What can I say, when I left the house last night I had no idea what was to come. I’d been watching the weather out of my office window (at home) all day but had not been outside. I live in an old Town House and my office window faces out north so its afternoon before the sun comes through the window, and as such it can be deceiving as it often feels colder than it is until the sun pokes through. It was about 3pm when I nipped outside to speak to a neighbour and I was gob-smacked at how warm it was.
Within minutes my head was racing ahead with the possibilities, a few of us from my Northern-Monkeys site had decided on a floater fishing challenge - trying to take a carp off the top during each month of the year. It stemmed from a fascinating article I’d read whilst at Birch about this guy that just fished off the top who’d had some absolutely stunning results. The upshot was that he had caught fish off the top in every month of the year and so came about the challenge.
In the past I’ve had fish from April to September so the challenge is to take one in each month from October through to March. With the last few weeks remaining quite warm I thought it was going to be a much easier proposition than it has been, time fishing has been the main problem, and it’s getting too dark too quickly after I finish work. In all honesty I’ve only had about two or three day sessions over the last few months.
Hence my eagerness to get out for a couple of hours last night. Elton was kind enough to give me a few hours off so I was out of the house just before 4pm with a couple of hours fishing ahead of me before it went dark. I decided on a little day ticket venue a few miles outside of Leek. I’d been doing a little bit on there a month or two back and had managed a cracker of 17lb 2oz and had even lost one much bigger at the net. I’d only fished the place four or five times so I felt there was much more to come. Whilst one always dreams of big fish, the main reason for choosing this venue was the fact that that there were a couple of pools to go at, and whilst I’d been concentrating on the upper pool where I’d taken the better fish, there was also a bottom pool that contained smaller fish that seemed easier to get going when the upper pool fish did not want to play. On arriving at the water my plan was to start on the upper pool, and if nothing developed move on to the lower pool.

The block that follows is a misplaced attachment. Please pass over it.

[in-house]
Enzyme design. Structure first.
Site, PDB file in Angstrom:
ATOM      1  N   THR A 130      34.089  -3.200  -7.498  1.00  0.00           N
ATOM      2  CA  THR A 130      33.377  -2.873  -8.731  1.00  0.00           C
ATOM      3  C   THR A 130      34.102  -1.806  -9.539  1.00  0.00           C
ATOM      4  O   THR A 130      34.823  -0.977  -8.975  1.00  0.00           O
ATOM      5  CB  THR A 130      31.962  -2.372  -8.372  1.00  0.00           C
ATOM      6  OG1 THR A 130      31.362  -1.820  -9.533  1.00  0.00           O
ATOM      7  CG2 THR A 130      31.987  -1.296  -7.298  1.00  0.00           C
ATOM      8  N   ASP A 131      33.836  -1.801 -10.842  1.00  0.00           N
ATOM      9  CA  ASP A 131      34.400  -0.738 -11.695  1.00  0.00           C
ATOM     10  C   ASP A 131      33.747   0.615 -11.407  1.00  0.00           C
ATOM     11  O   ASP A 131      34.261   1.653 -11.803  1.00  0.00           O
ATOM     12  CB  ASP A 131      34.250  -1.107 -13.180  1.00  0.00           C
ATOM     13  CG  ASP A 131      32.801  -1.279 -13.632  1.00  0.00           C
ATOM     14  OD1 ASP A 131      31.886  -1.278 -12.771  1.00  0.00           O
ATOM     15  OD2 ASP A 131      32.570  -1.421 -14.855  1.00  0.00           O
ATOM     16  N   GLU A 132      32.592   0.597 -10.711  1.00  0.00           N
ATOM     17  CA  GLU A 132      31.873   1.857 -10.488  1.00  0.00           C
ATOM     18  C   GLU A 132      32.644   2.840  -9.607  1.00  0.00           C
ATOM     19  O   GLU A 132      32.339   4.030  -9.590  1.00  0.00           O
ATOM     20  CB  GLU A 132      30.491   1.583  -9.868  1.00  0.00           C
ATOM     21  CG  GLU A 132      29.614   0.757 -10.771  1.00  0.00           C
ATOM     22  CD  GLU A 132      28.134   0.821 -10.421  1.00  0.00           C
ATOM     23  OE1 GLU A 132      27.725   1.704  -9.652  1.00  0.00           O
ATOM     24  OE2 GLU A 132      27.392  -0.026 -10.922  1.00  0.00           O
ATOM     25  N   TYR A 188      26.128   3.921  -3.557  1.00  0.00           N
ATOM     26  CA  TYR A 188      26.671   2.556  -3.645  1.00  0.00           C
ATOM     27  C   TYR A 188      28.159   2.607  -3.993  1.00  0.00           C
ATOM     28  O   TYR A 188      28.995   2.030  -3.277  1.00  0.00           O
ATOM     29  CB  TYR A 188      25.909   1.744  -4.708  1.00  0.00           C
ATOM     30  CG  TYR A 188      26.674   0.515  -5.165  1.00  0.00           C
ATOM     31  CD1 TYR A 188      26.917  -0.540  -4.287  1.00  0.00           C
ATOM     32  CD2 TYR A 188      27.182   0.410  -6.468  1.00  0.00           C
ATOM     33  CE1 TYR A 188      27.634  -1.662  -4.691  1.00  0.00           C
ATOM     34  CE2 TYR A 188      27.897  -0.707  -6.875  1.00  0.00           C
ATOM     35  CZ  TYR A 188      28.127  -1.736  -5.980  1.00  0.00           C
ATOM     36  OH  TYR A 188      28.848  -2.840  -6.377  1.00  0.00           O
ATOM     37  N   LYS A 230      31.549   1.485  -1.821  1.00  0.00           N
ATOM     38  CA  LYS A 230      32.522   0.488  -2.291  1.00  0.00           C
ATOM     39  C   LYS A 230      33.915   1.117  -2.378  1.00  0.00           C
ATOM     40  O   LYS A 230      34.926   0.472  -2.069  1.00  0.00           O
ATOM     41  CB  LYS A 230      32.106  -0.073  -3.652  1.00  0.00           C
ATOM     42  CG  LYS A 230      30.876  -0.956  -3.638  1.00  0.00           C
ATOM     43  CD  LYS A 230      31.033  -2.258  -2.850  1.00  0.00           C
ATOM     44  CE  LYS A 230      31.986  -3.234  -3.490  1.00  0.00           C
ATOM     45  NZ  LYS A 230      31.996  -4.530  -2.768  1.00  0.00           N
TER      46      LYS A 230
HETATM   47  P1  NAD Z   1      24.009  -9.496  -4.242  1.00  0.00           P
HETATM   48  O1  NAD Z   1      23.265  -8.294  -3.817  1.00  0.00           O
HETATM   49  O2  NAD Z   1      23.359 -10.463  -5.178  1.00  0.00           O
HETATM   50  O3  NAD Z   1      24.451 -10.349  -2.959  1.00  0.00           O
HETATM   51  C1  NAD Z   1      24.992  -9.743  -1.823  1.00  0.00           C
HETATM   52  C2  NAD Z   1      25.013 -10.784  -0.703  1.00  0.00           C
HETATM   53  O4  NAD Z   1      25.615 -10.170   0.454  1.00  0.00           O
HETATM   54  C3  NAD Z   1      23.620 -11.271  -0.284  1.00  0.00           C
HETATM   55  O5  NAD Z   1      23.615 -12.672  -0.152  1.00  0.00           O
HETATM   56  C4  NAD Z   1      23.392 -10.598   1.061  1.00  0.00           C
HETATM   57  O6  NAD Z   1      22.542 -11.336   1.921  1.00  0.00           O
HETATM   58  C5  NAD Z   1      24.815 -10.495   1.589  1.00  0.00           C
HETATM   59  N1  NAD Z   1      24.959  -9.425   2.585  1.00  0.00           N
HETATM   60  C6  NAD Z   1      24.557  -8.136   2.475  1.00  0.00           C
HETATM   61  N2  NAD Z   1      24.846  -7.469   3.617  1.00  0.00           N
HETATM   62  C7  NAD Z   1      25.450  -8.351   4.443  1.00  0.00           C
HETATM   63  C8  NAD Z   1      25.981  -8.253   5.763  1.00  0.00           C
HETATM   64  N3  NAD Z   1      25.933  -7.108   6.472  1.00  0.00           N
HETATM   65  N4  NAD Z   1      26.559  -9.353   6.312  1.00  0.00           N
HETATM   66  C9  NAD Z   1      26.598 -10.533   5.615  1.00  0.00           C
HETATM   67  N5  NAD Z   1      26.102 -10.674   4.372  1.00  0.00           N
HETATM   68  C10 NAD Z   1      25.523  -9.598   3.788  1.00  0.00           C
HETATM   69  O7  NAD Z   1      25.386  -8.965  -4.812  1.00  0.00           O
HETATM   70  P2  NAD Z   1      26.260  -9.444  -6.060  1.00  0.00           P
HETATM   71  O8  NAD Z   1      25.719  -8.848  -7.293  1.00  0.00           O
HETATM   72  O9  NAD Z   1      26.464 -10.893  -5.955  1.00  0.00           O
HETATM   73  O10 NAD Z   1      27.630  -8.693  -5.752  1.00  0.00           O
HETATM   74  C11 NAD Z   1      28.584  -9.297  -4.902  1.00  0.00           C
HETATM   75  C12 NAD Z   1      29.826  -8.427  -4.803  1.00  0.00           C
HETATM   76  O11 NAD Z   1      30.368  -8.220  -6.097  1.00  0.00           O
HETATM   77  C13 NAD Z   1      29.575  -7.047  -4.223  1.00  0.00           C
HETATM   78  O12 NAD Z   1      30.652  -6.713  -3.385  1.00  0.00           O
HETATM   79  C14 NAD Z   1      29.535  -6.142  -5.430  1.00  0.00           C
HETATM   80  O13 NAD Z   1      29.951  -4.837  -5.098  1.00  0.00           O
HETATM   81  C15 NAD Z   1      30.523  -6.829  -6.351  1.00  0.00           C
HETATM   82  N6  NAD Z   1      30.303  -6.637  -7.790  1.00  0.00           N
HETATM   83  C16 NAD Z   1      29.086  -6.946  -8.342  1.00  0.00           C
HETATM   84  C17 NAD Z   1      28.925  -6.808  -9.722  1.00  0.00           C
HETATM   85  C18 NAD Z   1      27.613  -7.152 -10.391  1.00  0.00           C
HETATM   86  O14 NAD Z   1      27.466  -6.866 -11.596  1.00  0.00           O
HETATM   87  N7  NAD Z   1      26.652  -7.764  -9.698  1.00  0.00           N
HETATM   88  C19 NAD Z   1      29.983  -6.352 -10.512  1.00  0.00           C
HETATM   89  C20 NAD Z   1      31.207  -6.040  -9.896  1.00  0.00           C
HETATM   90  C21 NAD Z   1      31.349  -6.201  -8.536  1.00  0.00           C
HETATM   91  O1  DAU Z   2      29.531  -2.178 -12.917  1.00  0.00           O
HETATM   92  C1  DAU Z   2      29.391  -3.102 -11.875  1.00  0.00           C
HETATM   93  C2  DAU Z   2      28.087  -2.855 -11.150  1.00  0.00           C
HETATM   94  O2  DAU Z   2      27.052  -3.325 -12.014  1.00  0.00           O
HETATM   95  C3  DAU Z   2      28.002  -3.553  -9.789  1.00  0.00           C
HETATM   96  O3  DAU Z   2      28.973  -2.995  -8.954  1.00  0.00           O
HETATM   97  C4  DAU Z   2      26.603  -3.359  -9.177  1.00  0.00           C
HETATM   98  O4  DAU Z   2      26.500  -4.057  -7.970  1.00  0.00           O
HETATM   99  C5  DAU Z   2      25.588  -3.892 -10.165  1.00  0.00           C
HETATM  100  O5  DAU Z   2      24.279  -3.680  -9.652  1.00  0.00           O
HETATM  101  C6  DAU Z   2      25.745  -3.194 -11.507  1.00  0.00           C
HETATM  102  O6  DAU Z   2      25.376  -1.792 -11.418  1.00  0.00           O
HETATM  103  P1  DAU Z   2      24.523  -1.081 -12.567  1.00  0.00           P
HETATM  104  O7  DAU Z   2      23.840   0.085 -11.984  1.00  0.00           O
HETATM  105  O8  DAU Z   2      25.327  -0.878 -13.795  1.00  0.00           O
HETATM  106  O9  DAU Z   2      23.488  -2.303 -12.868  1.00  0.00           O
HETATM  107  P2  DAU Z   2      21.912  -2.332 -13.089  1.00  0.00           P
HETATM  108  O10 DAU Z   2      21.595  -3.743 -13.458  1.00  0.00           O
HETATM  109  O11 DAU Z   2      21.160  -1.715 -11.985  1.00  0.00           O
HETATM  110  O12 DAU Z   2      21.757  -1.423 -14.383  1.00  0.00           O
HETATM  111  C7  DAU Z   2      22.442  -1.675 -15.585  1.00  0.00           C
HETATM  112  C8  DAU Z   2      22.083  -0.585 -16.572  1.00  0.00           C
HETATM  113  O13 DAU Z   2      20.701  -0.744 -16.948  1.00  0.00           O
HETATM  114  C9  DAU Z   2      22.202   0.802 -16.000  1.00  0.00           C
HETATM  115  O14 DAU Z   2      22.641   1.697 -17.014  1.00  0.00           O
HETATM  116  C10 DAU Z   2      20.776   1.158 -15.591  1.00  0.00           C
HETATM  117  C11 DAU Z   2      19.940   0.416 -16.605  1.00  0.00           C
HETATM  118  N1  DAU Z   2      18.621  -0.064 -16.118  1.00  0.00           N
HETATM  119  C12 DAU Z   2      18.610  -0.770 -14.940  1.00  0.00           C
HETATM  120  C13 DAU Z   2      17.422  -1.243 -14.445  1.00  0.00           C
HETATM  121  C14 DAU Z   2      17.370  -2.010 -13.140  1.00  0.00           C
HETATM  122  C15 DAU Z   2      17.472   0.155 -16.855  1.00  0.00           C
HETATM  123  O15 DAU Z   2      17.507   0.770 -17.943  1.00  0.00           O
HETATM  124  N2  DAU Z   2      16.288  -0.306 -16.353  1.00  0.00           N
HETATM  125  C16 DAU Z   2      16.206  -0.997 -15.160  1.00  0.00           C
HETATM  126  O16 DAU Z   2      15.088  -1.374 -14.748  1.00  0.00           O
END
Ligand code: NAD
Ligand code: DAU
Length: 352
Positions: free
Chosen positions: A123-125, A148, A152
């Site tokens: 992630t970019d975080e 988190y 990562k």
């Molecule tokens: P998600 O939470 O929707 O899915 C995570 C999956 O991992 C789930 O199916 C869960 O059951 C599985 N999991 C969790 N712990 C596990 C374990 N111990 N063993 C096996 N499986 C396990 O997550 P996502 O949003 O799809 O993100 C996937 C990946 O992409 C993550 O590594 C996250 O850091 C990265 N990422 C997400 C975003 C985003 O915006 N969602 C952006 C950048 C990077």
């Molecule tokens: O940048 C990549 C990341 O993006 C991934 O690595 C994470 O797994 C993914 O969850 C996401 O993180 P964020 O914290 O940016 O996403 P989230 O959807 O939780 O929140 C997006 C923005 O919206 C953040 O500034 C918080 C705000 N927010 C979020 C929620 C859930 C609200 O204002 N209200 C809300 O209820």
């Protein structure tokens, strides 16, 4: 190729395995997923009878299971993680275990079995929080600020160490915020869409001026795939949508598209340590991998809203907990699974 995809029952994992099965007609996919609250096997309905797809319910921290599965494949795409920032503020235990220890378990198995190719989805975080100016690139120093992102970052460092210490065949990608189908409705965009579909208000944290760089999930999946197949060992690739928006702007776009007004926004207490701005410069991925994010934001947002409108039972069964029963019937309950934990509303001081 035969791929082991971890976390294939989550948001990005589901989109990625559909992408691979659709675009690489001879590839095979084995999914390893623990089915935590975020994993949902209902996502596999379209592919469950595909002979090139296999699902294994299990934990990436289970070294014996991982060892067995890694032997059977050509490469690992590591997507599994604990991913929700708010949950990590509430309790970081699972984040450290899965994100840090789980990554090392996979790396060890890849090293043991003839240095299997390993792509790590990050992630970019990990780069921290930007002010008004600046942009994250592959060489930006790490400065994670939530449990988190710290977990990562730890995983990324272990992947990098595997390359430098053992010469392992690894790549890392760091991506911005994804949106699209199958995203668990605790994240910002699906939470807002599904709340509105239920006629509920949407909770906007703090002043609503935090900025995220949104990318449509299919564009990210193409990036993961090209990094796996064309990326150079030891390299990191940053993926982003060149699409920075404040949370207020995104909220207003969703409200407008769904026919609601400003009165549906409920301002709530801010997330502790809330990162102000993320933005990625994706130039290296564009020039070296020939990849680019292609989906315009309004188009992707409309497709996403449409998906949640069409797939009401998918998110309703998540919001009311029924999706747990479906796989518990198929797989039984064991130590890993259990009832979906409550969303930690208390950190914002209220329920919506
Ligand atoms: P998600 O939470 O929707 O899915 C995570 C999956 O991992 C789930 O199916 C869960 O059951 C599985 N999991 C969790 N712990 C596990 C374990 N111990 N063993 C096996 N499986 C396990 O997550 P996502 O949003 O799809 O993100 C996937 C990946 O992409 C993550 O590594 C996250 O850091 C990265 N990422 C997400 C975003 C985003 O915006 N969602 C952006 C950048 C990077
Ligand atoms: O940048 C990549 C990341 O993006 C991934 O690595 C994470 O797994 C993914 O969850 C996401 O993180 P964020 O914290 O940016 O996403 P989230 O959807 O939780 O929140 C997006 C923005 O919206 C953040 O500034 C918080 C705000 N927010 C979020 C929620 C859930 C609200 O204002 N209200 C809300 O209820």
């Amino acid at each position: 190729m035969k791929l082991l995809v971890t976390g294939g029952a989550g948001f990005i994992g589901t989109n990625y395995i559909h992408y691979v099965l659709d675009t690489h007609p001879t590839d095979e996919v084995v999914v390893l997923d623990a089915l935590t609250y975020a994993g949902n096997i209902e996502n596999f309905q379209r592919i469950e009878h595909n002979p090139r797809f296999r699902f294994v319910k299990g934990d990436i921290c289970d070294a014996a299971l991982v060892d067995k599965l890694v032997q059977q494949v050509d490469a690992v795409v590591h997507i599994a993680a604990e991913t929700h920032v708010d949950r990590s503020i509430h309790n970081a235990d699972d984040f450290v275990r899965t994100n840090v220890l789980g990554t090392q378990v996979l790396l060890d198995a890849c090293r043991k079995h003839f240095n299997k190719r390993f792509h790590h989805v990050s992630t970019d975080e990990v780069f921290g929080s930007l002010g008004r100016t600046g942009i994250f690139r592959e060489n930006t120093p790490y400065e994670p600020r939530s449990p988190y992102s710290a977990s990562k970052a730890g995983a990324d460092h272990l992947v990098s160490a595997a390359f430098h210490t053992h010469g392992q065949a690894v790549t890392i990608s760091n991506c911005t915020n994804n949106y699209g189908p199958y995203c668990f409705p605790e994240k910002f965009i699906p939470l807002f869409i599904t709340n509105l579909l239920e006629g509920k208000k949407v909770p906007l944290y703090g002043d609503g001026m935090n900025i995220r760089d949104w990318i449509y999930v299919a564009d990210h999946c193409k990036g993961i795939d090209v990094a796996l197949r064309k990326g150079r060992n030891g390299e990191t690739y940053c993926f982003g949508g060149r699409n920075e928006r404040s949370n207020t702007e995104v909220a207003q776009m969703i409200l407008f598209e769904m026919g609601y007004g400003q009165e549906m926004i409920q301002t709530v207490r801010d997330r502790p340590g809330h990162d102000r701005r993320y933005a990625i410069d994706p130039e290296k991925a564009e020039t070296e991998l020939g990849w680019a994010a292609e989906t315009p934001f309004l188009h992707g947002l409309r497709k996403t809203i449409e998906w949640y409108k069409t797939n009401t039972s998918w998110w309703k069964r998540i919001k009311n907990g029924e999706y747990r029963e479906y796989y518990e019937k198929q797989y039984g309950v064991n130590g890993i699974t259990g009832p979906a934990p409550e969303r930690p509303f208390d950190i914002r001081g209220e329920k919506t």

When I arrived at the water my plan was immediately flawed. I had not taken the wind into account. I had checked on the web before leaving and it had said 15mph winds, but as the pools are in a valley I did not think it would be so bad – I was wrong! Most of the upper pool looked like the North Sea! The little bay that had provided the goods on previous occasions was the best sheltered area but was still getting hammered with the wind pushing straight into it. As it was a fresh wind I knew there would be fish about but could I get them going? I put out a healthy amount of mixers which went across the lake in minutes. During that time three fish crashed clean out of the water so they were definitely there, but after fifteen minutes not one mixer had been taken. I tried a few other spots where the cover was better but still no joy.
I decided on a switch to the bottom pool. The area that offered the best chance was already taken, a point swim behind a large island which was well sheltered from the wind. The only other area free was a small bay in the South-East corner so I settled in there. There were two young lads fishing down to my left, lots of noise, lots of commotion, and lots of bait flying – the joys of day ticket fishing. I was not to be put off however, as time was running out.
I set about the business of trying to get a few fish feeding. By 5pm I’d not seen one definite sign of a carp, the wind was making it very hard visually and to be honest I was almost at the point of calling it a day. But then unexpected happened – the guy on the point had packed up and was walking back round with his gear. Within seconds I was off around the other side of the lake and dropped into the swim. I timed it so that we passed on the path and politely asked how he had done?
“Crap, nothing all day, mate.” his reply.
I immediately went about getting some mixers out. In my excitement to get out of the house I’d forgotten to put my catapult in the bag so could only fish at ‘chuck-distance’. Even so I could get most of the way out to the point just off the island and started feeding mixers to another area to my right in open water; I had the whole side of the lake to myself but was governed by wind as to where I could fish. After ten minutes there had not been a swirl, apart from a few over excited silver fish trying to wolf down a dog biscuit in one go. I was beginning to get that sinking feeling in my stomach and had visions of having to wait until next October for another chance when out of nowhere came that beautiful sound… ‘Schooooooolp’. Something, somewhere, had just nailed a dog biscuit! My head whipped round to trace the source of the noise and my eyes fixed on a small circular flat spot rapidly extending outwards where a carp had just boiled on the surface. In that instant my heart lifted and a grin spread across my face… time yet my boy, time yet!